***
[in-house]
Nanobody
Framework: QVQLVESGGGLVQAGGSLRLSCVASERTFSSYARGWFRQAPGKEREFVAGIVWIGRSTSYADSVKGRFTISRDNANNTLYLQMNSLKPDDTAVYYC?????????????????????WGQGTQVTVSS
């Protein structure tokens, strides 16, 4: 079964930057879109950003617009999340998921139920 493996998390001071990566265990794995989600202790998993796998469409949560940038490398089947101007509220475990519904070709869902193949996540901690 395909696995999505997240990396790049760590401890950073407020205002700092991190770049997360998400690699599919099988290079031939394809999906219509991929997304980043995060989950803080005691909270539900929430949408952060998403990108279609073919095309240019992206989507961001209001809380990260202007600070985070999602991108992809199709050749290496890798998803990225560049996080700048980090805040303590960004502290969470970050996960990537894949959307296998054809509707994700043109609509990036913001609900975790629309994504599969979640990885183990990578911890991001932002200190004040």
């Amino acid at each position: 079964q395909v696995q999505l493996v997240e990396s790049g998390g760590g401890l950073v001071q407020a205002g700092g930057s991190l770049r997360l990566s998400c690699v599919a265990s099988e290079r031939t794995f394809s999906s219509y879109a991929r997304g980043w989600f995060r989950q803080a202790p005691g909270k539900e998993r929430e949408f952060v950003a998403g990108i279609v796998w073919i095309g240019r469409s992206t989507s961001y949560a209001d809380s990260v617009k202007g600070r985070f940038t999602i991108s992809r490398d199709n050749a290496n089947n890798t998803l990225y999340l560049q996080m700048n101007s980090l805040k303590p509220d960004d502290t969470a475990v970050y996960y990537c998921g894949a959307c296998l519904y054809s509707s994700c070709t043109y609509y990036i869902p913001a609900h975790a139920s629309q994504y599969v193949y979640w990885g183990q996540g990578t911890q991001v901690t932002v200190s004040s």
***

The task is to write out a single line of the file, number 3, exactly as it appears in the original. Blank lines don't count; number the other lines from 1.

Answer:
Framework: QVQLVESGGGLVQAGGSLRLSCVASERTFSSYARGWFRQAPGKEREFVAGIVWIGRSTSYADSVKGRFTISRDNANNTLYLQMNSLKPDDTAVYYC?????????????????????WGQGTQVTVSS